LANDMINES kill, maim, terrify and starve the population. There are over 70 million landmines buried beneath the surface of this planet. Every twenty minutes a land mine kills or maims someone??? usually women and children. They render over 800 thousand square kilometers of land useless and terrify millions of people who live in constant fear.The cost to human life is horrific and the economic effect is devastating. This is not an act of God, or a natural disaster – It is a man made disaster that is bigger, in terms of lives lost, than civil disruption and economic deprivation, including the Tsunami, Hurricane Katrina or the Pakistan earthquake.

Read all about The Mineseeker Foundation at The Sole of Africa.

You Did It

Dear ONE Member,

This Saturday at 1:27 AM, your elected leaders heard your voice and helped make possible a crucial victory against poverty by passing important trade legislation.

The final votes for the bill were: Yea / Nay
House of Representatives 212 / 184
Senate 79 / 9

When ONE Members first took action to protect the ???third-country fabric??? provision of the African Growth and Opportunity Act (AGOA) in September, it was little more than an obscure clause in a massive trade bill. Thanks in part to the hundreds of thousands of letters ONE Members sent to Congress, we were able to help get this important provision on the radar.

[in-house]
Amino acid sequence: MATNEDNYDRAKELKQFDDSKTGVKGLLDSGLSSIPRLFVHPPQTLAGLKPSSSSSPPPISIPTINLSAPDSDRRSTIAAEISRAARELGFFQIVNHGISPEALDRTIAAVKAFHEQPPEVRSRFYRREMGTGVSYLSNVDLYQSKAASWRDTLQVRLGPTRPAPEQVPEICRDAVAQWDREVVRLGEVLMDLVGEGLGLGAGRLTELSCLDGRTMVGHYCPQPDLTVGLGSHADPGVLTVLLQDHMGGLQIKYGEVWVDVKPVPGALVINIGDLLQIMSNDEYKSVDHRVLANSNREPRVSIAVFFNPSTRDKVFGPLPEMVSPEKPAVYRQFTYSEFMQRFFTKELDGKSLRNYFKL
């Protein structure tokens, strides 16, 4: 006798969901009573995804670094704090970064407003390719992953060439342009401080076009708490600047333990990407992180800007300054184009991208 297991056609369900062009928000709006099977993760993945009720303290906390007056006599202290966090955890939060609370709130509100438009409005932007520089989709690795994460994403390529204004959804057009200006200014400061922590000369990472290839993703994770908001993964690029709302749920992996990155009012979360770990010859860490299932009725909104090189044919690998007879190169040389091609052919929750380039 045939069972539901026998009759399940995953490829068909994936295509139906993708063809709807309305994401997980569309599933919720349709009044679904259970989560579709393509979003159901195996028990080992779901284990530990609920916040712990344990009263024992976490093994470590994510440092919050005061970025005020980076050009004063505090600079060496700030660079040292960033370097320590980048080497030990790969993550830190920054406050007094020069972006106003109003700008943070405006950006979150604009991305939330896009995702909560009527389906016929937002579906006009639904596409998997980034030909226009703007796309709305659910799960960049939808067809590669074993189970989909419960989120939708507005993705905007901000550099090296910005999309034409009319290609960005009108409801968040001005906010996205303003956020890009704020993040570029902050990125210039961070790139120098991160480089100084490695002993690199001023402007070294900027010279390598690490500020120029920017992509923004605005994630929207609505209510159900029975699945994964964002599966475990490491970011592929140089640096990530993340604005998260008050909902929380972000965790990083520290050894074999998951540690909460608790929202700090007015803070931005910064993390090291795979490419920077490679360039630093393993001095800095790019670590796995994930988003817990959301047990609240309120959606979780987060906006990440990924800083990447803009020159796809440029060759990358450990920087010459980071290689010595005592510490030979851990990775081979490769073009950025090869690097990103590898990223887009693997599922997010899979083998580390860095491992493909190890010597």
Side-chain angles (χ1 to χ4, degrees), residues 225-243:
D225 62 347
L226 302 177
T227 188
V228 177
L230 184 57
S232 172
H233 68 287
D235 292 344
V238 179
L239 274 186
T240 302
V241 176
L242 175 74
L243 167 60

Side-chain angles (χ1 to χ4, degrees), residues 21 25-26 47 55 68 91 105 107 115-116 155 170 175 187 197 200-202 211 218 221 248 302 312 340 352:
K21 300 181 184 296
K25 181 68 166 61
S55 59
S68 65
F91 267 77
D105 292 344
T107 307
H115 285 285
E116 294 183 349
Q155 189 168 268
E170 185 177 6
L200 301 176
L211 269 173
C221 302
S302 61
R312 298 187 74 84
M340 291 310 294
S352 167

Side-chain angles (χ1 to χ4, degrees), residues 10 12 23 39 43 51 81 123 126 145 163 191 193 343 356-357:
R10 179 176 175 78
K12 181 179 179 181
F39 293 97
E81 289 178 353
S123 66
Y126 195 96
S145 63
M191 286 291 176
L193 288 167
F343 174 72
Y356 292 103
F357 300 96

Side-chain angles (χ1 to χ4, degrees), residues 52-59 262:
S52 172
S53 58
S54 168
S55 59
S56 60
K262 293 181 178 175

Your response to our final call to action last week was so incredible that rather than simply sending your letters, we called on ONE Members to hand deliver over a quarter of a million letters to Members of Congress.

Please take a moment to thank your elected leaders for helping make a difference against global poverty.

The last moments of the final Congressional session are generally reserved for the most vital legislation, and the fact that Congress took time after midnight on Saturday to pass this bill is, in part, due to your efforts to inform Congress that you care about this issue.

By renewing the “third country fabric” provision, America is helping to preserve as many as 150,000 jobs by allowing African apparel factories to import fabric and then export clothes to the United States. Quite simply, this trade benefit gives people a chance to work their way out of extreme poverty.

But thinking of this bill as 150,000 jobs doesn???t begin to reflect its impact. Each one of these jobs provides hope to a community, a chance for mothers and fathers to support their families, and helps send children to schools so that the next generation has a real chance for a future free from extreme poverty.

Take a moment to thank your elected leaders for helping make a difference against global poverty.

Sometimes extreme global poverty can feel overwhelming, but with this victory we can see measurable progress and are reminded that our actions make a real difference. More still needs to be done but it is important that we let Congress know how much we care about this issue so that you can count on their votes in the future.

Thank you for your voice,

Josh Peck, ONE.org

P.S. If you want to find out more about this provision check out the ONE Blog, including a play-by-play of our efforts and the passage of the bill.